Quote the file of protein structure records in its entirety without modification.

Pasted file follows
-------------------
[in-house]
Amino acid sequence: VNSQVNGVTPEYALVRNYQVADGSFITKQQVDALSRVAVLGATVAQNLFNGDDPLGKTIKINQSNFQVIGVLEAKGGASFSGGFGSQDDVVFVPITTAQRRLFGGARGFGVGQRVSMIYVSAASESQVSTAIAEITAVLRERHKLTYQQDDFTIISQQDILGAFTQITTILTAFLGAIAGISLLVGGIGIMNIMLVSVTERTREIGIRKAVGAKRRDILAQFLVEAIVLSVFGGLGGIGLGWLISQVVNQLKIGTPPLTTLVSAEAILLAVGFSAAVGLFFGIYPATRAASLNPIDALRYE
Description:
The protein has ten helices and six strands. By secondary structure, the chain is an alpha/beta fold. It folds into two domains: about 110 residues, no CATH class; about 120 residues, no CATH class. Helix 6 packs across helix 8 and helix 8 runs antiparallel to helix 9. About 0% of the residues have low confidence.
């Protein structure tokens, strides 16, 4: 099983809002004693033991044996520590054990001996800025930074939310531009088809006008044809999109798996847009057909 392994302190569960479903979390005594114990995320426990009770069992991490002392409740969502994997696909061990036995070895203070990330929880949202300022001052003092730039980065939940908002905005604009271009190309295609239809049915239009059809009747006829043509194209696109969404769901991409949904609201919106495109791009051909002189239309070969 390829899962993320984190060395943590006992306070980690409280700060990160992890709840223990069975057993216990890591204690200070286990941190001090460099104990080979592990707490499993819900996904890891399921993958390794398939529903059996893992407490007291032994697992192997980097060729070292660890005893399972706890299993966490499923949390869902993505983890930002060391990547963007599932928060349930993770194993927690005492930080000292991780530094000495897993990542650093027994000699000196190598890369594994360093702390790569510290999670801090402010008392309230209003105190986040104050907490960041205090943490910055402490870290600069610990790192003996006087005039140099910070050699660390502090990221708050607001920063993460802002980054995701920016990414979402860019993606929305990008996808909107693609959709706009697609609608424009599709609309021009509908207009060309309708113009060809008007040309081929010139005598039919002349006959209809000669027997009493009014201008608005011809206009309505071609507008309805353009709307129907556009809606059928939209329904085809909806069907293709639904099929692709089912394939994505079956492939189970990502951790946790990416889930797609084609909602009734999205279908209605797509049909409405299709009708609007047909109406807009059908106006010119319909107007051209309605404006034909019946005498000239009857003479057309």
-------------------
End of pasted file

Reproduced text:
[in-house]
Amino acid sequence: VNSQVNGVTPEYALVRNYQVADGSFITKQQVDALSRVAVLGATVAQNLFNGDDPLGKTIKINQSNFQVIGVLEAKGGASFSGGFGSQDDVVFVPITTAQRRLFGGARGFGVGQRVSMIYVSAASESQVSTAIAEITAVLRERHKLTYQQDDFTIISQQDILGAFTQITTILTAFLGAIAGISLLVGGIGIMNIMLVSVTERTREIGIRKAVGAKRRDILAQFLVEAIVLSVFGGLGGIGLGWLISQVVNQLKIGTPPLTTLVSAEAILLAVGFSAAVGLFFGIYPATRAASLNPIDALRYE
Description:
The protein has ten helices and six strands. By secondary structure, the chain is an alpha/beta fold. It folds into two domains: about 110 residues, no CATH class; about 120 residues, no CATH class. Helix 6 packs across helix 8 and helix 8 runs antiparallel to helix 9. About 0% of the residues have low confidence.
């Protein structure tokens, strides 16, 4: 099983809002004693033991044996520590054990001996800025930074939310531009088809006008044809999109798996847009057909 392994302190569960479903979390005594114990995320426990009770069992991490002392409740969502994997696909061990036995070895203070990330929880949202300022001052003092730039980065939940908002905005604009271009190309295609239809049915239009059809009747006829043509194209696109969404769901991409949904609201919106495109791009051909002189239309070969 390829899962993320984190060395943590006992306070980690409280700060990160992890709840223990069975057993216990890591204690200070286990941190001090460099104990080979592990707490499993819900996904890891399921993958390794398939529903059996893992407490007291032994697992192997980097060729070292660890005893399972706890299993966490499923949390869902993505983890930002060391990547963007599932928060349930993770194993927690005492930080000292991780530094000495897993990542650093027994000699000196190598890369594994360093702390790569510290999670801090402010008392309230209003105190986040104050907490960041205090943490910055402490870290600069610990790192003996006087005039140099910070050699660390502090990221708050607001920063993460802002980054995701920016990414979402860019993606929305990008996808909107693609959709706009697609609608424009599709609309021009509908207009060309309708113009060809008007040309081929010139005598039919002349006959209809000669027997009493009014201008608005011809206009309505071609507008309805353009709307129907556009809606059928939209329904085809909806069907293709639904099929692709089912394939994505079956492939189970990502951790946790990416889930797609084609909602009734999205279908209605797509049909409405299709009708609007047909109406807009059908106006010119319909107007051209309605404006034909019946005498000239009857003479057309």